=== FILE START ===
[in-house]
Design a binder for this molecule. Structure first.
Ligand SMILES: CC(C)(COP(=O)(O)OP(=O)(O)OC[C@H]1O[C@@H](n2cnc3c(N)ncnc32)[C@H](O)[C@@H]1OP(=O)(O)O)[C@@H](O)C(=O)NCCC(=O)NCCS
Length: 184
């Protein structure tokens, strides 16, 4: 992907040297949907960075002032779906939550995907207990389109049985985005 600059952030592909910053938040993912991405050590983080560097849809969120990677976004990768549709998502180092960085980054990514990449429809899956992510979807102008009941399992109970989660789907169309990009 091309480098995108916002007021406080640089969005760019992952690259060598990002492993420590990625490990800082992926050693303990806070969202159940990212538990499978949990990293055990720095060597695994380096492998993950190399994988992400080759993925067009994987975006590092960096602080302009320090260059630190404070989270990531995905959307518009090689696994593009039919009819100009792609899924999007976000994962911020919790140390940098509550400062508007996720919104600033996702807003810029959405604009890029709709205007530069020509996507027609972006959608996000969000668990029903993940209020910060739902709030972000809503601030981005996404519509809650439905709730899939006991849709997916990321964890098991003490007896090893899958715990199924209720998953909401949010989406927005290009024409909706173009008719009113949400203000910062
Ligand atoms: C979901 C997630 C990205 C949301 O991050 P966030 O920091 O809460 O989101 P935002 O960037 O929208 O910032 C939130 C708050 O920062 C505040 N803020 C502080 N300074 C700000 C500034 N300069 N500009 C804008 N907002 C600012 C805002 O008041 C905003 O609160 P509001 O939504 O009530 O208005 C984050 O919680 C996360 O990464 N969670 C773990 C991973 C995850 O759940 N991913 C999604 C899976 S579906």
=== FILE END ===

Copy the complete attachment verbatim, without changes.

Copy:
[in-house]
Design a binder for this molecule. Structure first.
Ligand SMILES: CC(C)(COP(=O)(O)OP(=O)(O)OC[C@H]1O[C@@H](n2cnc3c(N)ncnc32)[C@H](O)[C@@H]1OP(=O)(O)O)[C@@H](O)C(=O)NCCC(=O)NCCS
Length: 184
């Protein structure tokens, strides 16, 4: 992907040297949907960075002032779906939550995907207990389109049985985005 600059952030592909910053938040993912991405050590983080560097849809969120990677976004990768549709998502180092960085980054990514990449429809899956992510979807102008009941399992109970989660789907169309990009 091309480098995108916002007021406080640089969005760019992952690259060598990002492993420590990625490990800082992926050693303990806070969202159940990212538990499978949990990293055990720095060597695994380096492998993950190399994988992400080759993925067009994987975006590092960096602080302009320090260059630190404070989270990531995905959307518009090689696994593009039919009819100009792609899924999007976000994962911020919790140390940098509550400062508007996720919104600033996702807003810029959405604009890029709709205007530069020509996507027609972006959608996000969000668990029903993940209020910060739902709030972000809503601030981005996404519509809650439905709730899939006991849709997916990321964890098991003490007896090893899958715990199924209720998953909401949010989406927005290009024409909706173009008719009113949400203000910062
Ligand atoms: C979901 C997630 C990205 C949301 O991050 P966030 O920091 O809460 O989101 P935002 O960037 O929208 O910032 C939130 C708050 O920062 C505040 N803020 C502080 N300074 C700000 C500034 N300069 N500009 C804008 N907002 C600012 C805002 O008041 C905003 O609160 P509001 O939504 O009530 O208005 C984050 O919680 C996360 O990464 N969670 C773990 C991973 C995850 O759940 N991913 C999604 C899976 S579906």